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Marine Corps Logistics Base Albany

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Marines, sailors get lesson in submarines, aquatic mammals

By 2nd Lt. Kyle Thomas, Public Affairs Officer | | July 22, 2010

Marines and sailors from Marine Corps Logistics Base Albany toured one of the world’s largest nuclear powers, July 12.

The nuclear power, the USS Maryland, is a Trident class submarine in port at Naval Submarine Bases in Kings Bay, Ga.

“This tour is a part of a professional military education that is meant to give us a broader understanding of how other units and services accomplish the mission,” said Col. Terry V. Williams, commanding officer, MCLB Albany. “This understanding helps us perform our jobs better.”

The tour consisted of numerous sections of USS Maryland, including the berthing area, mess quarters as well as the command deck, torpedo deck and other compartments.

“The unusual aspect of the submarine is that the racks are near the tubes that hold the ballistic missiles,” said Navy Senior Chief Cole D. Alcorn, ship’s diving officer, USS Maryland. “This compartment is called ‘Sherwood Forest’ because all of the tubes look like trees. This is by far the largest portion of the submarine.”

For one sailor on the tour, the trip was a homecoming. Navy Lt. Marvin Albers, deputy resident officer in charge of construction, Navy Facilities Southeast, MCLB Albany, served on the USS Maryland between 2006 and 2008 as the ship’s electronics officer, among other billets.

“What people may or may not know is that when this submarine is loaded up [with nuclear missiles] it is the world’s third largest nuclear power,” Albers said. “When I say that, of course, I am referring to just the submarine itself, not the entire submarine fleet. The first and second would be the United States and Russia, respectively.”

Officers and staff noncommissioned officers also toured the Navy’s Marine Mammal Systems Detachment, which is comprised of aquatic mammal trainers, bottle-nosed dolphins and sea lions trained in interdiction and security operations.

The contractors and aquatic mammals performed a mock demonstration, which consisted of a bottle-nosed dolphin marking a foreign object in the water. This was followed by a California sea lion spotting the mark and retrieving the foreign object.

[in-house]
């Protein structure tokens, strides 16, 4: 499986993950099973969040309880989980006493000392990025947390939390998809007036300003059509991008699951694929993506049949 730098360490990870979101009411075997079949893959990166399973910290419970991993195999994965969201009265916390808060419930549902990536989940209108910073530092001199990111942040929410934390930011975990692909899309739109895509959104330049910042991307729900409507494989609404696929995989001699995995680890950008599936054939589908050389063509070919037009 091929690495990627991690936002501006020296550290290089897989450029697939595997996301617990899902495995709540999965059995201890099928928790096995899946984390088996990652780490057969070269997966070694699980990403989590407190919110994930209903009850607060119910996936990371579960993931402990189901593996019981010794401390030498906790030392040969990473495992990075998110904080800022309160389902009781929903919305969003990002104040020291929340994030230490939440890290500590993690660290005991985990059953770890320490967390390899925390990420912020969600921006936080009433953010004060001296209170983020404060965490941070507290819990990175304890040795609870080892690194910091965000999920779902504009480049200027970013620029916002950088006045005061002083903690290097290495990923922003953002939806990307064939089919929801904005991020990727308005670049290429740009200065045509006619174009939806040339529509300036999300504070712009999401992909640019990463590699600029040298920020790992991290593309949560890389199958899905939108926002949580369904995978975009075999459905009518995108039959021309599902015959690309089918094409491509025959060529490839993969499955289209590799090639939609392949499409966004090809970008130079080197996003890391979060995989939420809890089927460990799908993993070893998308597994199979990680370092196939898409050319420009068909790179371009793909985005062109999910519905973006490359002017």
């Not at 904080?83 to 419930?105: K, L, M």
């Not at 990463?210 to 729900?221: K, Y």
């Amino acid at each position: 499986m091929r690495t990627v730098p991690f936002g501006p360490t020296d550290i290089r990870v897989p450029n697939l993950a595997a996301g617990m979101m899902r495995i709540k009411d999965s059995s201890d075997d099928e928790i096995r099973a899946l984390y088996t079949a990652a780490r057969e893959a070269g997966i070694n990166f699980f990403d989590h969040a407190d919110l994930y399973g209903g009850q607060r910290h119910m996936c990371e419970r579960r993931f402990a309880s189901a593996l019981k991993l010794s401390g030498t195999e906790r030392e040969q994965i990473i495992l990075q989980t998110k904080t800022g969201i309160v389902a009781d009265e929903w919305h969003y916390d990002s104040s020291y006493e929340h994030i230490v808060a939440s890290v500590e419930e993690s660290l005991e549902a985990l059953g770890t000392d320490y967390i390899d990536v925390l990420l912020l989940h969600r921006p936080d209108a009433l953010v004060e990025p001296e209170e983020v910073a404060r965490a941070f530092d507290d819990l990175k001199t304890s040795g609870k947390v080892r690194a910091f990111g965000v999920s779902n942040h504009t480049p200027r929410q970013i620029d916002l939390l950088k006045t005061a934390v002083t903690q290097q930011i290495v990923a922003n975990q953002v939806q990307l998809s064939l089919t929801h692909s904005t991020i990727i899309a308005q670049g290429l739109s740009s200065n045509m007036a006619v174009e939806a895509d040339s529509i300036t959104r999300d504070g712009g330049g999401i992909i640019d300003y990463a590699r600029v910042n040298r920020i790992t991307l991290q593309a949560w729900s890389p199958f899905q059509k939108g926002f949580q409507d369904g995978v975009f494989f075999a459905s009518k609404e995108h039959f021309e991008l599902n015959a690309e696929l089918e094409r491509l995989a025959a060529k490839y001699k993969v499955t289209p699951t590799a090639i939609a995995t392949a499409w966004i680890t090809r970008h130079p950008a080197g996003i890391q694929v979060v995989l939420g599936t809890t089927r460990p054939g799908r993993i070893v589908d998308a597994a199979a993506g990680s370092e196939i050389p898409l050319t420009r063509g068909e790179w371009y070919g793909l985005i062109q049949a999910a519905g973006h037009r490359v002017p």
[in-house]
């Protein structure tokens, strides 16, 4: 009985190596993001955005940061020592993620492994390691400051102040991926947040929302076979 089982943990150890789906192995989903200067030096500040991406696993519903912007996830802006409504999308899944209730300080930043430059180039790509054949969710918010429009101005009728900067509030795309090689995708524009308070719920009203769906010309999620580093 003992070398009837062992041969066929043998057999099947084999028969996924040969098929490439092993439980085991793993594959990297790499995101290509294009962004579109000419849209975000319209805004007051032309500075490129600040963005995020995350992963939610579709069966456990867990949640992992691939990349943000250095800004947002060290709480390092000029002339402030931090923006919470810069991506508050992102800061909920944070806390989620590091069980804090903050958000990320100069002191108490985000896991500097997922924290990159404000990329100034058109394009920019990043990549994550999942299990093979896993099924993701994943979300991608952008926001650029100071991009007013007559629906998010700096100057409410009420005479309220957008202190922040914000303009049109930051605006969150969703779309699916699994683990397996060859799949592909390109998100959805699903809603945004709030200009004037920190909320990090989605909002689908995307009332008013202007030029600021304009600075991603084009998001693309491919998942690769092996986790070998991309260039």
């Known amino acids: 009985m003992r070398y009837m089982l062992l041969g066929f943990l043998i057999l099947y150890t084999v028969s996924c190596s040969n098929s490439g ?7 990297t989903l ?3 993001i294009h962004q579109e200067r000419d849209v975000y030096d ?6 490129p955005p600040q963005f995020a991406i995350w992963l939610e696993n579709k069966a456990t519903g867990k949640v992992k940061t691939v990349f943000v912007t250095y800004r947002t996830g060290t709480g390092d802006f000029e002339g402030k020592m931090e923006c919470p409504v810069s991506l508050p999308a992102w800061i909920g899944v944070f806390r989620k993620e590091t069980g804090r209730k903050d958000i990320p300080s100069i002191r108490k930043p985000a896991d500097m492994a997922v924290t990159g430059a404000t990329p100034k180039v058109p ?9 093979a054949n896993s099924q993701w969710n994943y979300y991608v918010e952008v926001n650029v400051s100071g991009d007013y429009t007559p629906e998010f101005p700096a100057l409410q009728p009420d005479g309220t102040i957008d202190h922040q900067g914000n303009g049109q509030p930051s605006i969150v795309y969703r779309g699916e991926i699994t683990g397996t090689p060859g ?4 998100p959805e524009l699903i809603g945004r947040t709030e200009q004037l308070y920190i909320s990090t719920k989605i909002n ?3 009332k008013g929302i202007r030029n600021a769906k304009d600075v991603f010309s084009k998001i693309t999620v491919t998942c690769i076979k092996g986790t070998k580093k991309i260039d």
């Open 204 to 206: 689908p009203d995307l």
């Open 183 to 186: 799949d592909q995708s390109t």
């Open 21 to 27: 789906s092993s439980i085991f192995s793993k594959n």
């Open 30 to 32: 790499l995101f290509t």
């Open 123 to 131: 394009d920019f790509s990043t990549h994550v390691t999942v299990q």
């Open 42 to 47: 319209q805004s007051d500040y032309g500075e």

“It’s a two-part process,” said George Nishimura, lead supervisor, Marine Mammal Systems, Science Applications International Corporation. “The dolphin marks the foreign object which they are trained to spot and then the seal lion executes the second part which is the interdiction.”

The trainers, who are contractors working for SAIC, train the mammals from the time that they are pups to perform security operations in areas like Naval Submarine Bases Kings Bay. The training process for California sea lions, specifically, take between four to five years.

“Navy’s Marine Mammal Systems use dolphins and sea lions to find and mark the location of underwater objects. Dolphins use their technologically unmatched sonar, and sea lions use their sensitive underwater directional hearing and low-light vision to detect objects in the water and on the sea floor. The animals are trained to provide security by patrolling areas and identifying and marking objects for retrieval, including those presenting a danger to personnel,” according to investors.saic.com, SAIC’s official Web site.

“Our primary job is the care of these aquatic mammals, Nishimura said. “If we don’t take good care of them and don’t ensure that we feed them right then they won’t pay attention to us. It’s as simple as that.”

Nishimura, who was also a trainer at Sea World, in Orlando, Fla., says that living conditions of these mammals differ drastically from what many people may expect.

“These mammals have a good bit of freedom. We never keep them pinned up for very long. We let them out into the wild to patrol and they always come back,” Nishimura said. “When they are out there they mainly forge for their own food. You can always tell when they are full because they come back and float on their backs. Of course, when they are back we have veterinarians from the Army to check and make sure that they are staying healthy.”